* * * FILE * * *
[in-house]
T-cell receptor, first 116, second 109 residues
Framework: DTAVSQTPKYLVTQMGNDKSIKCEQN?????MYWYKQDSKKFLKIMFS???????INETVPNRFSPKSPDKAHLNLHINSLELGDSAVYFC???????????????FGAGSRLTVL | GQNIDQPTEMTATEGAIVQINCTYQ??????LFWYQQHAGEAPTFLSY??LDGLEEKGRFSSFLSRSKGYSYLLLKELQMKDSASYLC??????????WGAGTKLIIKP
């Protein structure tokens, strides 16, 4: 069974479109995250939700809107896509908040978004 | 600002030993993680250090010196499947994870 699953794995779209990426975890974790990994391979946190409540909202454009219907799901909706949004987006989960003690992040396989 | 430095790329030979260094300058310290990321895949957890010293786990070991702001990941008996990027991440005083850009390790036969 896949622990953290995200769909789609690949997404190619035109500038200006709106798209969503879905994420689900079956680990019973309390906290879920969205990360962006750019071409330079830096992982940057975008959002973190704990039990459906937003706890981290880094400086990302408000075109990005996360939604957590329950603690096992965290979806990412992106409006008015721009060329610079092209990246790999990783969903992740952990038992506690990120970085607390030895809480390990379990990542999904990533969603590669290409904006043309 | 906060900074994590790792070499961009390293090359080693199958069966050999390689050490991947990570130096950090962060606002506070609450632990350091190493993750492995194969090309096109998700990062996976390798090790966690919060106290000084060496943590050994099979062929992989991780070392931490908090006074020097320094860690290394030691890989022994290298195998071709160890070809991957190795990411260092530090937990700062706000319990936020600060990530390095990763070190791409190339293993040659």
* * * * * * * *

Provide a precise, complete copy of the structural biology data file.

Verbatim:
[in-house]
T-cell receptor, first 116, second 109 residues
Framework: DTAVSQTPKYLVTQMGNDKSIKCEQN?????MYWYKQDSKKFLKIMFS???????INETVPNRFSPKSPDKAHLNLHINSLELGDSAVYFC???????????????FGAGSRLTVL | GQNIDQPTEMTATEGAIVQINCTYQ??????LFWYQQHAGEAPTFLSY??LDGLEEKGRFSSFLSRSKGYSYLLLKELQMKDSASYLC??????????WGAGTKLIIKP
């Protein structure tokens, strides 16, 4: 069974479109995250939700809107896509908040978004 | 600002030993993680250090010196499947994870 699953794995779209990426975890974790990994391979946190409540909202454009219907799901909706949004987006989960003690992040396989 | 430095790329030979260094300058310290990321895949957890010293786990070991702001990941008996990027991440005083850009390790036969 896949622990953290995200769909789609690949997404190619035109500038200006709106798209969503879905994420689900079956680990019973309390906290879920969205990360962006750019071409330079830096992982940057975008959002973190704990039990459906937003706890981290880094400086990302408000075109990005996360939604957590329950603690096992965290979806990412992106409006008015721009060329610079092209990246790999990783969903992740952990038992506690990120970085607390030895809480390990379990990542999904990533969603590669290409904006043309 | 906060900074994590790792070499961009390293090359080693199958069966050999390689050490991947990570130096950090962060606002506070609450632990350091190493993750492995194969090309096109998700990062996976390798090790966690919060106290000084060496943590050994099979062929992989991780070392931490908090006074020097320094860690290394030691890989022994290298195998071709160890070809991957190795990411260092530090937990700062706000319990936020600060990530390095990763070190791409190339293993040659």